Should IT managers control all aspects of a company's technology, including the choice of cellphones used by employees for businesses, specialised manufacturing systems and the high-performance computers used by researchers?
For sure, the control exerted by IT departments has expanded as enterprise-wide initiatives such as datacentre consolidations, virtualisation and data integration have taken technology control away from business units. But conflict continues over the limits of that type of centralised management, according to IT managers and analysts at recent Gartner ITexpo in Las Vegas.
Colleen Young, a Gartner analyst, argued for strong centralised control at a forum here. Allowing research and development divisions to make all their own IT decisions, for instance, is just as much a mistake as letting business units go their own way on technology purchases, she said.
"It will become very clear, very, very quickly that they lack managerial expertise," said Young, of researchers, warning they may lock their businesses into poor deals and technologies.
But Kristine Blanz, who manages IT in an engineering research group at a manufacturing company, said her company uses a decentralised approach. Currently her organisation isn't part of corporate IT; this approach is under reconsideration, and she is worried about the impact of centralisation.
"If we get wrapped up into the whole corporate IT [department], the needs of engineering get missed, because what a marketing person needs is not what engineering needs," said Blanz. What could be lost is "the ability of engineers to innovate", she said.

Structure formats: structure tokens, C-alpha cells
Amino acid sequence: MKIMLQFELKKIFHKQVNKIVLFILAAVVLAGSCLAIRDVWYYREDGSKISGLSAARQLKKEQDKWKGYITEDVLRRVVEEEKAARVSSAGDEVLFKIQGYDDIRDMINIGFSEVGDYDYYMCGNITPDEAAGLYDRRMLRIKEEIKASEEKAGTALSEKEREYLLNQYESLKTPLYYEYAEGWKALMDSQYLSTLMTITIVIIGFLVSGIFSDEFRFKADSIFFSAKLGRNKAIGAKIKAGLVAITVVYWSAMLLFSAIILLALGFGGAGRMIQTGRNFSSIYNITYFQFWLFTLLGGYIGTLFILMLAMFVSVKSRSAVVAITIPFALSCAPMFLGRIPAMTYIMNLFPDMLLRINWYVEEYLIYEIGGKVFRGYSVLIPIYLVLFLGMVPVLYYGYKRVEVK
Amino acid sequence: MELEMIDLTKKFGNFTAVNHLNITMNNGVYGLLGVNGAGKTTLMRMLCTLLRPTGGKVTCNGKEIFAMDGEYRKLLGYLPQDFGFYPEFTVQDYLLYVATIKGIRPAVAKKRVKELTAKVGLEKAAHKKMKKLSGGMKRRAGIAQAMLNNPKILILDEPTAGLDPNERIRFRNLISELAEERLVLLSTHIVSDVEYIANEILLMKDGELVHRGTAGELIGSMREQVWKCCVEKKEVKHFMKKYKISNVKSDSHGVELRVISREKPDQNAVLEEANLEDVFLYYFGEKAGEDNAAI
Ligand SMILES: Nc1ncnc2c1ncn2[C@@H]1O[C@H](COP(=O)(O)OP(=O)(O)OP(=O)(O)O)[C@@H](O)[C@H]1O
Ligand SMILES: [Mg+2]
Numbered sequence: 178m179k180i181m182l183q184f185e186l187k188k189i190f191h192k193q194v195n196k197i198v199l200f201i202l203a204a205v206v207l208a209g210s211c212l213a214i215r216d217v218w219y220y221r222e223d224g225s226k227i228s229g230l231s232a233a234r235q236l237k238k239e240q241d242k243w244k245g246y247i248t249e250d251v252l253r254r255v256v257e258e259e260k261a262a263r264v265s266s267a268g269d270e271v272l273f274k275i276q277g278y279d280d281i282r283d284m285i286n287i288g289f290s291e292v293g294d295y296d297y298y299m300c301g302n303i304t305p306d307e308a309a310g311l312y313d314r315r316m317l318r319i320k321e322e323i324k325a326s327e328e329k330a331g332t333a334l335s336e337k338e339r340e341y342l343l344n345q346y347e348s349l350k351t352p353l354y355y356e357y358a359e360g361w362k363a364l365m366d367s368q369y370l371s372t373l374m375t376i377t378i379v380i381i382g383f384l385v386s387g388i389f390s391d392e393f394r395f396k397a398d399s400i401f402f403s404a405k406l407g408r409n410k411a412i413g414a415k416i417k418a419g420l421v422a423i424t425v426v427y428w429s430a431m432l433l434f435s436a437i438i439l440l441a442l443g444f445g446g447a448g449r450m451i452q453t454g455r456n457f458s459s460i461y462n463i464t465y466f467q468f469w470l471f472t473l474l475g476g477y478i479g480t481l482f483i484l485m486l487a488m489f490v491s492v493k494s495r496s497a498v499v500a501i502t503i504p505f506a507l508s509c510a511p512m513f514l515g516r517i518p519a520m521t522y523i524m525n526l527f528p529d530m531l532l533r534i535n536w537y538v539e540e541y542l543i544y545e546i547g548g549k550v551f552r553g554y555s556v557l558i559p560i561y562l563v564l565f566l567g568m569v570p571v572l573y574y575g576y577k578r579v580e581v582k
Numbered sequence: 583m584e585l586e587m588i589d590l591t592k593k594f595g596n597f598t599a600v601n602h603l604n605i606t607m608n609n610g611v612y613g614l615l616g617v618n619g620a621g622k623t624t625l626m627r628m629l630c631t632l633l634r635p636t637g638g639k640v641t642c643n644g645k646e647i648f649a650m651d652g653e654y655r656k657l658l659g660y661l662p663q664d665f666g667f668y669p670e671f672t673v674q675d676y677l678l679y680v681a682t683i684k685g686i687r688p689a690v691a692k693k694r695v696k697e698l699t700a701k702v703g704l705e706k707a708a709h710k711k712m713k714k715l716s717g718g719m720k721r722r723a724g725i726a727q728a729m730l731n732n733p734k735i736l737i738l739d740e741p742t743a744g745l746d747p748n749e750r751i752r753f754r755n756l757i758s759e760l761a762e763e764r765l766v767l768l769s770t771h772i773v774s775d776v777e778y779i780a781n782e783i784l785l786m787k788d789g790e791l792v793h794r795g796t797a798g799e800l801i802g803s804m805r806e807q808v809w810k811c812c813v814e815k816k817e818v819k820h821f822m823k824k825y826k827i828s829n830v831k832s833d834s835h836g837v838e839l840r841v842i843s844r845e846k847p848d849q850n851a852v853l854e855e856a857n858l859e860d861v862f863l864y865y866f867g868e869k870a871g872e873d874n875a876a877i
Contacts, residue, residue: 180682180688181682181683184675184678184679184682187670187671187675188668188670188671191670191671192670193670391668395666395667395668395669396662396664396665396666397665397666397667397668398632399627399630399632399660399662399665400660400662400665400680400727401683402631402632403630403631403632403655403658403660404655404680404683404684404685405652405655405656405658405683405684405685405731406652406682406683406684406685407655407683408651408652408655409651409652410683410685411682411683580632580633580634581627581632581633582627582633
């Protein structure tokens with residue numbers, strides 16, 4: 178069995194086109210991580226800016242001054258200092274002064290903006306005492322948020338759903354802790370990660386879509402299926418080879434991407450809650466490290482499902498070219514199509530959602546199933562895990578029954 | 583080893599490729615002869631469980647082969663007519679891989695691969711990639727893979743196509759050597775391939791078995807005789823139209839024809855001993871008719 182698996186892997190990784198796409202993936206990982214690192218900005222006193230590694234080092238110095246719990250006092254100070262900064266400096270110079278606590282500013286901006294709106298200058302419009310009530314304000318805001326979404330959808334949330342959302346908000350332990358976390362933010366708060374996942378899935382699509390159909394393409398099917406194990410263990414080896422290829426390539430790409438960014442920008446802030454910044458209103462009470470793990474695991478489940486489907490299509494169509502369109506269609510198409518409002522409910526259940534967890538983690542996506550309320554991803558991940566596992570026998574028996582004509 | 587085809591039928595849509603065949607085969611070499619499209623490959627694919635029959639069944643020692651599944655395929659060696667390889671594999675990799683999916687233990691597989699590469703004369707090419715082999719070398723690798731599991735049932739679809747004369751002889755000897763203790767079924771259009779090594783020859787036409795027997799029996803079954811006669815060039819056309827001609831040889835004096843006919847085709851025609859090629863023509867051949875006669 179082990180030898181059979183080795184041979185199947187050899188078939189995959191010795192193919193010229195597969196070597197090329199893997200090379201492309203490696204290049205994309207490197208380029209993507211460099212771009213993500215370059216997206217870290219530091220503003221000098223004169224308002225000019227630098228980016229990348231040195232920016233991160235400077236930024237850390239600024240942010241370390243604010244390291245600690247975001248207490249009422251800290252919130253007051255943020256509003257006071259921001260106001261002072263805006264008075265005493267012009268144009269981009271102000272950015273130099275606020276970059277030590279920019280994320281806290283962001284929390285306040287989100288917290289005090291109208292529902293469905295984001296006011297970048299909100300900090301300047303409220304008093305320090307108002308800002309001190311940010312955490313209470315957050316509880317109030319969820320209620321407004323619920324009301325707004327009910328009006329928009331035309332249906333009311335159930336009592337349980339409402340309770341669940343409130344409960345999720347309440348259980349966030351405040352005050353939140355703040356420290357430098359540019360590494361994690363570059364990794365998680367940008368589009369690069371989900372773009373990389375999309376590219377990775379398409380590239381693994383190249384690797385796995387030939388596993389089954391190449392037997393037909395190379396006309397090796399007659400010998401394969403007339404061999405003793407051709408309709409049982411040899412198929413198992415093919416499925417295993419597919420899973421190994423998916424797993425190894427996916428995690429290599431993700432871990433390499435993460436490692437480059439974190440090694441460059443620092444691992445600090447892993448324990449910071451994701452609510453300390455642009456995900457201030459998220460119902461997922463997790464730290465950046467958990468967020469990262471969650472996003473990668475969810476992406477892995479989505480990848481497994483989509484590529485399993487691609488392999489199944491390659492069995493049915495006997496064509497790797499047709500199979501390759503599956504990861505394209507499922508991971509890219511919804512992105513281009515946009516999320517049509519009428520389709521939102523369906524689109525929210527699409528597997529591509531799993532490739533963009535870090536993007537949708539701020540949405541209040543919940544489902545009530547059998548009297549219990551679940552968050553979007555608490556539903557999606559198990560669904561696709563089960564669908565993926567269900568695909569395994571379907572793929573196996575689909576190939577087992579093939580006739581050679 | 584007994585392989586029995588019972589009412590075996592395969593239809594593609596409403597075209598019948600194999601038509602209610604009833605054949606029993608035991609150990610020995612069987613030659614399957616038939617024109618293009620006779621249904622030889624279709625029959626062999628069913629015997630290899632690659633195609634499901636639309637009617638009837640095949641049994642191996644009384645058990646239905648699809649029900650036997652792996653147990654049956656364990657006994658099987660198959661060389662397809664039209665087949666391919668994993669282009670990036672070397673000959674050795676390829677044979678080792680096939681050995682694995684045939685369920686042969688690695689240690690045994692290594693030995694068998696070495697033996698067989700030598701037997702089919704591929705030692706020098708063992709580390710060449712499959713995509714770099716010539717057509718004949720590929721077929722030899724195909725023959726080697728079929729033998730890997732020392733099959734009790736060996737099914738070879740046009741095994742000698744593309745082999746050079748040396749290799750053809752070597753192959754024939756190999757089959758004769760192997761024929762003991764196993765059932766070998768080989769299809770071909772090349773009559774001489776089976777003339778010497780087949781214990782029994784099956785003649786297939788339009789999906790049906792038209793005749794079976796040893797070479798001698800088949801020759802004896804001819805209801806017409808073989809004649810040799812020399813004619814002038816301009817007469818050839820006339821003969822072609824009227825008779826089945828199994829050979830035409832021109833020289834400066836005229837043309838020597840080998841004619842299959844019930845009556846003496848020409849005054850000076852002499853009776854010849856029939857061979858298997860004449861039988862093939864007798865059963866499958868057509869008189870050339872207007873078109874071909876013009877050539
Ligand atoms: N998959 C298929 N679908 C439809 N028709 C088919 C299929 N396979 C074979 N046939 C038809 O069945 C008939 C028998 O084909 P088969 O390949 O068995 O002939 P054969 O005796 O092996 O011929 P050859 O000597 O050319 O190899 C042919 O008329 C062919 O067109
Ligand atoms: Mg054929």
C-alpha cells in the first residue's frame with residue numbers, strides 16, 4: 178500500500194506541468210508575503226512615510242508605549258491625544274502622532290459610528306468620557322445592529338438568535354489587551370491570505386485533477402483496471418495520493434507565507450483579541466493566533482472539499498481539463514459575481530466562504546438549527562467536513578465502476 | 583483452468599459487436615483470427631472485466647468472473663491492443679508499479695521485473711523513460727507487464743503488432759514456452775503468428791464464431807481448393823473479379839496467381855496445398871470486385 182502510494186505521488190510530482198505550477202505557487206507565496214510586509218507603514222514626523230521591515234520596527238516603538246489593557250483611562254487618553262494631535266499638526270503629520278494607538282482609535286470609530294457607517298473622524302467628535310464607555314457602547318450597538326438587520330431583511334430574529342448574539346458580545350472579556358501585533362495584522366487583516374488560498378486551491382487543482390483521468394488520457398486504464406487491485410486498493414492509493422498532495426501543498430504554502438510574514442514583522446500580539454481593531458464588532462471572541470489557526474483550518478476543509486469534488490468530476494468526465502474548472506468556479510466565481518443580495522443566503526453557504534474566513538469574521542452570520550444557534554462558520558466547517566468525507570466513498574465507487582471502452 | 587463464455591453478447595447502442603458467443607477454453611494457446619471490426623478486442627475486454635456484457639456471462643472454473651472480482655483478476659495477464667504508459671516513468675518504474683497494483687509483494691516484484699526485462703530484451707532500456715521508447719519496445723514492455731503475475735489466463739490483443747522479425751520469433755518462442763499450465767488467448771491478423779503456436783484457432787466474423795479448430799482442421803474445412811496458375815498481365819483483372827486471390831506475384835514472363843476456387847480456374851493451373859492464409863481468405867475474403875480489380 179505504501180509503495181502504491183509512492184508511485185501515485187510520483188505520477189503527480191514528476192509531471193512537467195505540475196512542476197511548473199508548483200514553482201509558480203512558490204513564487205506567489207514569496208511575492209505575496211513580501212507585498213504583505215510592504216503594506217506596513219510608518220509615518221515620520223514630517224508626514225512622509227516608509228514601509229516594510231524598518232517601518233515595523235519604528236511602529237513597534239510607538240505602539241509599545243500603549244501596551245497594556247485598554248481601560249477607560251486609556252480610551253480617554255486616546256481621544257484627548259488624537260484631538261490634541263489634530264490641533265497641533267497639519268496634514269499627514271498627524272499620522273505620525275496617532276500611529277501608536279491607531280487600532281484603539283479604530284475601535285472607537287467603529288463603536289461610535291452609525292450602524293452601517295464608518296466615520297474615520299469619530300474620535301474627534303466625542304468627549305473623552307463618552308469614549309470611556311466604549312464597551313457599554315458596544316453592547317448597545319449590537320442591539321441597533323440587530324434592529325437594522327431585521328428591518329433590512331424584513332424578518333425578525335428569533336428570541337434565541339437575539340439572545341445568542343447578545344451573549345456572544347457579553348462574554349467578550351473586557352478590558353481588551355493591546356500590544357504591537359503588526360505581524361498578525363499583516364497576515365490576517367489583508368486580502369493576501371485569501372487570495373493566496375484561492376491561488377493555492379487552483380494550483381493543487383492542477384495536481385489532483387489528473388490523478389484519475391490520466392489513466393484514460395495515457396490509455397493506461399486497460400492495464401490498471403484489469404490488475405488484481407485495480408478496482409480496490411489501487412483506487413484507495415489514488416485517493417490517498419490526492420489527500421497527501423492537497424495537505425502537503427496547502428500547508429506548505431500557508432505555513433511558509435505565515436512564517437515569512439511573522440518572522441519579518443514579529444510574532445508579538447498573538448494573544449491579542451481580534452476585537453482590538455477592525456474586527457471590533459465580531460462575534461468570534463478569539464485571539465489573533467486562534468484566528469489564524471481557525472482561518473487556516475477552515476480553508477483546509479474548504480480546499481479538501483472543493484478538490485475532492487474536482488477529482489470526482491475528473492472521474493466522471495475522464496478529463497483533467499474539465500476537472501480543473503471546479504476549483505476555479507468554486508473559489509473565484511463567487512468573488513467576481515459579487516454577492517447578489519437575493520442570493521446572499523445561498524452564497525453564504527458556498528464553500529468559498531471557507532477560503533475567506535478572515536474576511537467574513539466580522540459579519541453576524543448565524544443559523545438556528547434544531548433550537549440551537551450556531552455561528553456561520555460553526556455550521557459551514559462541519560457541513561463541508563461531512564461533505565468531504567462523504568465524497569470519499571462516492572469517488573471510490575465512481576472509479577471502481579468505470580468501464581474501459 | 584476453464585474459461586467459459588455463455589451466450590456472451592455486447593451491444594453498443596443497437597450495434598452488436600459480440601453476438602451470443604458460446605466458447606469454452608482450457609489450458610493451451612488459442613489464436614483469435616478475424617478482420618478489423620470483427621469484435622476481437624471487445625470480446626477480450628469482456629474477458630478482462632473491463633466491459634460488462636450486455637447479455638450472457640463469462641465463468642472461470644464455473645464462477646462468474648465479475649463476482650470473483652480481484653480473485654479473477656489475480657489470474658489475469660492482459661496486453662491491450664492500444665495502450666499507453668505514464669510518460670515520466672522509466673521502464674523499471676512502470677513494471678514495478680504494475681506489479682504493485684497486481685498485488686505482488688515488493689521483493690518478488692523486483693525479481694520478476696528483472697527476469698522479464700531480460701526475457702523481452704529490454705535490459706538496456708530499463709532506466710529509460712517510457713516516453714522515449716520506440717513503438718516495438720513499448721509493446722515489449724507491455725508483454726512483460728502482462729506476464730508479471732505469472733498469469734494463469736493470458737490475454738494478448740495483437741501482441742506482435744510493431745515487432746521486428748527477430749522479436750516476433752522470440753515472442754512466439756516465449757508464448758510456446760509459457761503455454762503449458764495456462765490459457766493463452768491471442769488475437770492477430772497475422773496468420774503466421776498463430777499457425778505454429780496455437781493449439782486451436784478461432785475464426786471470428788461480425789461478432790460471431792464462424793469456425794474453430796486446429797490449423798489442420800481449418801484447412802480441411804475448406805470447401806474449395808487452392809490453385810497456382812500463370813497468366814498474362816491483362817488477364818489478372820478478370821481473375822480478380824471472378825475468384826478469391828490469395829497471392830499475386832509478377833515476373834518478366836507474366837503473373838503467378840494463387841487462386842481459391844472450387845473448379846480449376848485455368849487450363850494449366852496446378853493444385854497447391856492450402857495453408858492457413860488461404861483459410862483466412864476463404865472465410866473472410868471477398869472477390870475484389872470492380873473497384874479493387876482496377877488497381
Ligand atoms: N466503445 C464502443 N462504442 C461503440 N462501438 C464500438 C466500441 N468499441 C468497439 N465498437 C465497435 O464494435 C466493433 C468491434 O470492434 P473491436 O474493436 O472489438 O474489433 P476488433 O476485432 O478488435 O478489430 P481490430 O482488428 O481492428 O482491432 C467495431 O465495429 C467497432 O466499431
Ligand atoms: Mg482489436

Kristian Steenstrup, a Gartner analyst who took an opposing view in a debate with Young, said centralised control for IT departments is an impossible goal to achieve. He cited examples of technologies that will be outside of IT control, including technologies used by engineers, SCADA (Supervisory Control And Data Acquisition) systems, consumer technology that is also used at work, and even the concept of cloud computing, which gives users access to services outside the company network.
"There is a lot of technology in your organisation ... that will be outside your control," said Steenstrup.
Allen Benson, an IT manager at a retailer, takes the middle ground. His company, which he asked not be identified, recently moved control of its cellphone and mobile devices back into the IT department.
Benson said his firm had turned over management of these devices to the purchasing department, which allowed employees to "buy everything and anything" when it came PDAs and cellphones. As a consequence, the IT department was getting requests for email access on mobile platforms it didn't support.
Benson says his general rule on deciding what to control and what not to control is based on whether the technology uses the corporate network. If engineering, for instance, is using an advanced technology that requires no internal development and is dependent on the vendor, Benson says they will leave those standalone systems to that department. "We really don't want to grab them unless we have to," he said.
Diane Morello, a Gartner analyst, said IT is best off focusing on creating a few standards, particularly for consumer devices, to allow flexibility.
"It's about creating the framework for coordinating freedom without imposing lockdown control," said Morello.